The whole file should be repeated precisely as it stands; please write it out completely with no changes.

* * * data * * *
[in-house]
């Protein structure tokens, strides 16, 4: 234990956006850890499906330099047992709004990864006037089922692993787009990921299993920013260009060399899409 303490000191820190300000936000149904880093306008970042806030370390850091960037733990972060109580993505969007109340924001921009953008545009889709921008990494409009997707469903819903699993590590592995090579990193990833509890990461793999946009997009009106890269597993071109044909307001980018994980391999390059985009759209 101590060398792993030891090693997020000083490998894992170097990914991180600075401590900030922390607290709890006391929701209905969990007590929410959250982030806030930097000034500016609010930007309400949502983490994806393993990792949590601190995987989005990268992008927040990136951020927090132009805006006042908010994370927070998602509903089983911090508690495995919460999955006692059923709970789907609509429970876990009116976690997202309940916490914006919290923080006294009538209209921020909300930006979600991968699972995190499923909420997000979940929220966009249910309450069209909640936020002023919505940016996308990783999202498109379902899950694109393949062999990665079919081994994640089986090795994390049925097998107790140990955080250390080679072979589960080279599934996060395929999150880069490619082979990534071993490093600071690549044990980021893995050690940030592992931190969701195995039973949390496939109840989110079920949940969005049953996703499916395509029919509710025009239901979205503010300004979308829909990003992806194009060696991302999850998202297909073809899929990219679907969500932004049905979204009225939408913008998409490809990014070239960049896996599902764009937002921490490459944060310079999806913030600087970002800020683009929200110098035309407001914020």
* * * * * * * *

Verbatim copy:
[in-house]
């Protein structure tokens, strides 16, 4: 234990956006850890499906330099047992709004990864006037089922692993787009990921299993920013260009060399899409 303490000191820190300000936000149904880093306008970042806030370390850091960037733990972060109580993505969007109340924001921009953008545009889709921008990494409009997707469903819903699993590590592995090579990193990833509890990461793999946009997009009106890269597993071109044909307001980018994980391999390059985009759209 101590060398792993030891090693997020000083490998894992170097990914991180600075401590900030922390607290709890006391929701209905969990007590929410959250982030806030930097000034500016609010930007309400949502983490994806393993990792949590601190995987989005990268992008927040990136951020927090132009805006006042908010994370927070998602509903089983911090508690495995919460999955006692059923709970789907609509429970876990009116976690997202309940916490914006919290923080006294009538209209921020909300930006979600991968699972995190499923909420997000979940929220966009249910309450069209909640936020002023919505940016996308990783999202498109379902899950694109393949062999990665079919081994994640089986090795994390049925097998107790140990955080250390080679072979589960080279599934996060395929999150880069490619082979990534071993490093600071690549044990980021893995050690940030592992931190969701195995039973949390496939109840989110079920949940969005049953996703499916395509029919509710025009239901979205503010300004979308829909990003992806194009060696991302999850998202297909073809899929990219679907969500932004049905979204009225939408913008998409490809990014070239960049896996599902764009937002921490490459944060310079999806913030600087970002800020683009929200110098035309407001914020």